McClatchy – D.C. Bureau
Trump administration wages a ‘war on information,’ group charges
By Anita Kumar March 13, 2018
President Donald Trump speaks at a rally in Moon Township, Pa., March 10, 2018. In a 75-minute performance in western Pennsylvania, it was vintage 2016 Trump: rambling and fiery, boastful and jocular — the part of being president that he loves perhaps the most. Tom Brenner NYT White House
Washington: The Trump administration has halted a new policy that would have required large companies to report what they pay their employees by race and gender. It has stopped a study of serious health risks for people who live near coal mine sites in Central Appalachia. And it has collected less crime data from across the nation than previous years.
In a new report to be released Tuesday, watchdog group Public Citizen outlined 25 ways President Donald Trump and federal agencies have conducted a so-called war on information over the last 14 months, largely eliminating data it finds inconvenient.
In most cases, the information already had been previously collected by the government. But in other cases, a plan was in place for the government to start collecting the information.
“A president who cares little about facts and has a dubious understanding of the concept of truthfulness sets the tone for his overall administration,” Robert Weissman, president of Public Citizen, told McClatchy. “But it’s not just that the administration is sloppy with the facts; it has engaged in a deliberate campaign to suppress information that contradicts its corporate and ideological extremist agenda.”
Public Citizen said the Trump administration is terminating studies that contradict its positions on big business priorities, manipulating data to promote an anti-immigrant agenda and failing to seek input from scientists and other experts. The study is not comprehensive but does show how the administration has denied facts, rejected expert advice and promoted falsehoods, its authors say.
In some cases, the administration has reversed course after being criticized, according to the report.
In one example, the report said the Department of Agriculture in February 2017 removed thousands of animal welfare documents from its website, including documents on the number of animals kept by research labs, circuses, companies and zoos. It began posting the information again later that month after animal rights groups complained, though it redacts some information citing “privacy” concerns.
In another instance, the report said, the Federal Emergency Management Agency deleted statistics in October 2017 on the percentage of Puerto Ricans with power and access to drinking water following Hurricane Maria. FEMA later began posting the information again that same month after the media reported it.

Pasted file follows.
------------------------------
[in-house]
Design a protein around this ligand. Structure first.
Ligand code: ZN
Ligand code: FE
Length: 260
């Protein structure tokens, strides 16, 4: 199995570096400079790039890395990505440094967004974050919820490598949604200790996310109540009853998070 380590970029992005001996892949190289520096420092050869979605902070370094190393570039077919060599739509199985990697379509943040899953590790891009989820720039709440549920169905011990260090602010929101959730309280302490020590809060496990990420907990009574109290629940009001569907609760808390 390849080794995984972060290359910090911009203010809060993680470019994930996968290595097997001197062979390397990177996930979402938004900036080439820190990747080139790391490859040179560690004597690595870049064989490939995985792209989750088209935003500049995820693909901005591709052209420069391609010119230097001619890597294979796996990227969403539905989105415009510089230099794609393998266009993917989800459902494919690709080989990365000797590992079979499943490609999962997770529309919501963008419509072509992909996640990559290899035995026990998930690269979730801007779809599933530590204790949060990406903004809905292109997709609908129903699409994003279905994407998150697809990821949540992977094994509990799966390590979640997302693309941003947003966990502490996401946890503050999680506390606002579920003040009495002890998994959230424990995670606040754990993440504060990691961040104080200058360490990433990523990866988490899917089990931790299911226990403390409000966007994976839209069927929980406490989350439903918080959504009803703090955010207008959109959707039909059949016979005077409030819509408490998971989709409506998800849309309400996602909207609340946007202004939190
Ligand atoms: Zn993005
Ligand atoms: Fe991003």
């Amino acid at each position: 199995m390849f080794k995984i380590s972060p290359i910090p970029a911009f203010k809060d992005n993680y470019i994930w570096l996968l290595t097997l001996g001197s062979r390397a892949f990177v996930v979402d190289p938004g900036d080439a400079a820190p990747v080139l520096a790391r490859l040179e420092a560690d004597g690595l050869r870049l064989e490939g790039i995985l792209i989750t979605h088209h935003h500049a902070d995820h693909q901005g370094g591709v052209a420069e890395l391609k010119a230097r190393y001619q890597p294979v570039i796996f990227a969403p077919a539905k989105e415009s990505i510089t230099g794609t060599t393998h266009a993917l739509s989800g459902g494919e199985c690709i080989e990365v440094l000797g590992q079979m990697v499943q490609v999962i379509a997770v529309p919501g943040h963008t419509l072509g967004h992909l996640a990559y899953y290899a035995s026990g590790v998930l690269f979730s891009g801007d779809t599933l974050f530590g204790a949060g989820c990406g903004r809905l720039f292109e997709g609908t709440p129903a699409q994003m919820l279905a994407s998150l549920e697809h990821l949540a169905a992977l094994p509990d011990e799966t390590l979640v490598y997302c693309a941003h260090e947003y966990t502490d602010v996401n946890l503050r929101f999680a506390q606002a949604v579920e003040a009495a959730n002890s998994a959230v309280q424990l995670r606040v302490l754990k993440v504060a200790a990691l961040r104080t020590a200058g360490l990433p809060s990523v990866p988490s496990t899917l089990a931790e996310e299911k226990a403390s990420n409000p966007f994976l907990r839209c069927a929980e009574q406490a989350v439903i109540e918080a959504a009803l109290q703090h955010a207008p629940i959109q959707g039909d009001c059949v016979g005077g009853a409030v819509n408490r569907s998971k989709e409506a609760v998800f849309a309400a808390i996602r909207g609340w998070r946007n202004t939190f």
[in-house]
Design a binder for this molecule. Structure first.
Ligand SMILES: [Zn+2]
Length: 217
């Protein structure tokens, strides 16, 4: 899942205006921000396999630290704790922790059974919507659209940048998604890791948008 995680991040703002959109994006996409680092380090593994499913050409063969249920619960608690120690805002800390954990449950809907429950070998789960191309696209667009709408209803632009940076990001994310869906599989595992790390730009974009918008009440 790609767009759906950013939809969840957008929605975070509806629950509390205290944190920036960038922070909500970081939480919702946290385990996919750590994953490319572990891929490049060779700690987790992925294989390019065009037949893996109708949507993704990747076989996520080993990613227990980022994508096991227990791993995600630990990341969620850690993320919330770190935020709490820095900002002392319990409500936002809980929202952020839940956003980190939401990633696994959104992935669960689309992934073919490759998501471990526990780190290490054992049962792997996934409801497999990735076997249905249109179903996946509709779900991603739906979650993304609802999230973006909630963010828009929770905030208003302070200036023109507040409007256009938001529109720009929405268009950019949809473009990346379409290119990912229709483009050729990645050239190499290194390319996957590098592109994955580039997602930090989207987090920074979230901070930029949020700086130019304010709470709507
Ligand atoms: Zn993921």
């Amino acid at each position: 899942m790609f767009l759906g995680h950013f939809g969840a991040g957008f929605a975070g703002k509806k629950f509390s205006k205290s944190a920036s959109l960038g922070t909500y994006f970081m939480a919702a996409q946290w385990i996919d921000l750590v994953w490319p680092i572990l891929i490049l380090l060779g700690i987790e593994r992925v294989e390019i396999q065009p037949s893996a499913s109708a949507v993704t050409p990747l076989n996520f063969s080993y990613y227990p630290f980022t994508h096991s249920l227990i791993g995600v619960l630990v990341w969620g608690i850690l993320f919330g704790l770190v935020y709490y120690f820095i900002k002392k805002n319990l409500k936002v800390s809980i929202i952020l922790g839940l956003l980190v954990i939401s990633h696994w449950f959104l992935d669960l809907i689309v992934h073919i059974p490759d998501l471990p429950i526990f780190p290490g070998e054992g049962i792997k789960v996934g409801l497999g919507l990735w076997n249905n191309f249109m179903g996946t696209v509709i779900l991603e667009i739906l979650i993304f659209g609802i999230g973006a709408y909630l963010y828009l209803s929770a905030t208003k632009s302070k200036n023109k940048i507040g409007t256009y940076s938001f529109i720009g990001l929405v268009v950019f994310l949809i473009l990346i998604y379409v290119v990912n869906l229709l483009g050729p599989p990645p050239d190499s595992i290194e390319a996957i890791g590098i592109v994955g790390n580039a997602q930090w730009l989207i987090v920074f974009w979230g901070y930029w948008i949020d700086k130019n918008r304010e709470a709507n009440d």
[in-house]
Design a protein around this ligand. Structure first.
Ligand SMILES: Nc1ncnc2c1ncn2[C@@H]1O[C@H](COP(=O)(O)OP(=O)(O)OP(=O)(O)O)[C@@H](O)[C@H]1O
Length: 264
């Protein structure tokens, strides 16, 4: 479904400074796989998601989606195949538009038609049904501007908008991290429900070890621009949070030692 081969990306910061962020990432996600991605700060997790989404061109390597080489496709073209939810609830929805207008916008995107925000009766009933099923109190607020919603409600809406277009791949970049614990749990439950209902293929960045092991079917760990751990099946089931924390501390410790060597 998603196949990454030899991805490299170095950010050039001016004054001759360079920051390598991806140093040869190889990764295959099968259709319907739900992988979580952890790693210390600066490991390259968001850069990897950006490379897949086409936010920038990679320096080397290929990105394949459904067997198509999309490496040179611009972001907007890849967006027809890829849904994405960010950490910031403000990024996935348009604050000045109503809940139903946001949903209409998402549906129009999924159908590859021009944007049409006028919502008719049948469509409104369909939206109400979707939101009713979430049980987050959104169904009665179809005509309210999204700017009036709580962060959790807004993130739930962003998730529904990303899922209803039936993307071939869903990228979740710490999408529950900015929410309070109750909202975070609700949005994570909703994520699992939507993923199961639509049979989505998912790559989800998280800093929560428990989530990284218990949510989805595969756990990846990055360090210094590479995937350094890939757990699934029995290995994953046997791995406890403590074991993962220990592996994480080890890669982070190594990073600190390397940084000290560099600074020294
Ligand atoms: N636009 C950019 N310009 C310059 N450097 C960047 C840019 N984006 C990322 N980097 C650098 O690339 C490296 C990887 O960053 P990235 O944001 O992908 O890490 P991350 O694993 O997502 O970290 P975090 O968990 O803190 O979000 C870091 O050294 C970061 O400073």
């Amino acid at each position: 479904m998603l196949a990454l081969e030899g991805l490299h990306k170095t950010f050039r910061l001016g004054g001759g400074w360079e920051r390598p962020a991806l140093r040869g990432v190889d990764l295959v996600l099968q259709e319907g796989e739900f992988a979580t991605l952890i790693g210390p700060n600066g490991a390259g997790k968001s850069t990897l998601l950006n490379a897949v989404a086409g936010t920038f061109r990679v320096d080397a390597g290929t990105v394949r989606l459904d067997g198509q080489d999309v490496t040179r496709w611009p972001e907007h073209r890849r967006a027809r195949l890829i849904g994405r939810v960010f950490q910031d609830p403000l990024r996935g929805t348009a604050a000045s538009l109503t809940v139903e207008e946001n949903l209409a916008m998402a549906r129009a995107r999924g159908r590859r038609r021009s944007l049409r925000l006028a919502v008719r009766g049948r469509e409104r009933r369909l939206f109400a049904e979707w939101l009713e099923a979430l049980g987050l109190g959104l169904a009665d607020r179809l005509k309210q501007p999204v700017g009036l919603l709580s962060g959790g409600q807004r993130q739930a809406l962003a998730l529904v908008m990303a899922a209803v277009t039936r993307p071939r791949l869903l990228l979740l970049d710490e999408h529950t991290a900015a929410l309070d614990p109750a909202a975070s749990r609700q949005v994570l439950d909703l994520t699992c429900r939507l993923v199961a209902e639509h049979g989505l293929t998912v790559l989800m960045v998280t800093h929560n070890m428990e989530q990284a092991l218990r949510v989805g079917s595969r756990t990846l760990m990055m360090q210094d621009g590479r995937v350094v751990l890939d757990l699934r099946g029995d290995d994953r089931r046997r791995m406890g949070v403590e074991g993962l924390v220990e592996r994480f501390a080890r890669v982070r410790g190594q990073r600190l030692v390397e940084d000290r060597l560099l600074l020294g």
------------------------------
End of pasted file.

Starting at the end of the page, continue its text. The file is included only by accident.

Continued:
Even before Trump was sworn into office, he was accused of hiding information. Trump never released his tax returns, despite the common practice of presidents for four decades of releasing them and refused to post visitor logs for the White House until it settled a lawsuit that would reveal some details.
The White House did not respond to a request for comment about the Public Citizen report.
“These are not random suppressions of data and evidence, simply a byproduct of carelessness,” the report states. “The Trump administration-wide information suppression is a considered and concerted effort to serve corporate and extremist ideological interests.”
Other examples cited in the report:
Suspending a study to update an offshore oil and gas operations inspection program.
Scaling back research of the environmental impact of copper mining in a northern Minnesota wilderness area.
Removing information about climate change from websites.
Abandoning an international effort to require energy and mining firms to disclose payments given to governments.
Barring student loan services from responding to information requests from third parties, including state regulators.
No longer mandating contractors bidding on federal projects disclose all labor law violations for the past three years
Not requiring the Census Bureau to ask about sexual orientation or gender identity on its two biggest surveys.
Public Citizen also cited the example of a commission Trump created to look into voter fraud after he said millions of people voted illegally in 2016, though he provided no proof. The commission was later disbanded after states revolted.
“Members of the Trump administration seem eager to dish off the record about the daily drama of a dysfunctional White House,” said Alan Zibel, research director for Public Citizen’s Corporate Presidency Project and co-author of the report. “But they routinely suppress far more consequential information about how Trump’s dangerous worker safety, public health and environmental policies will impact Americans.”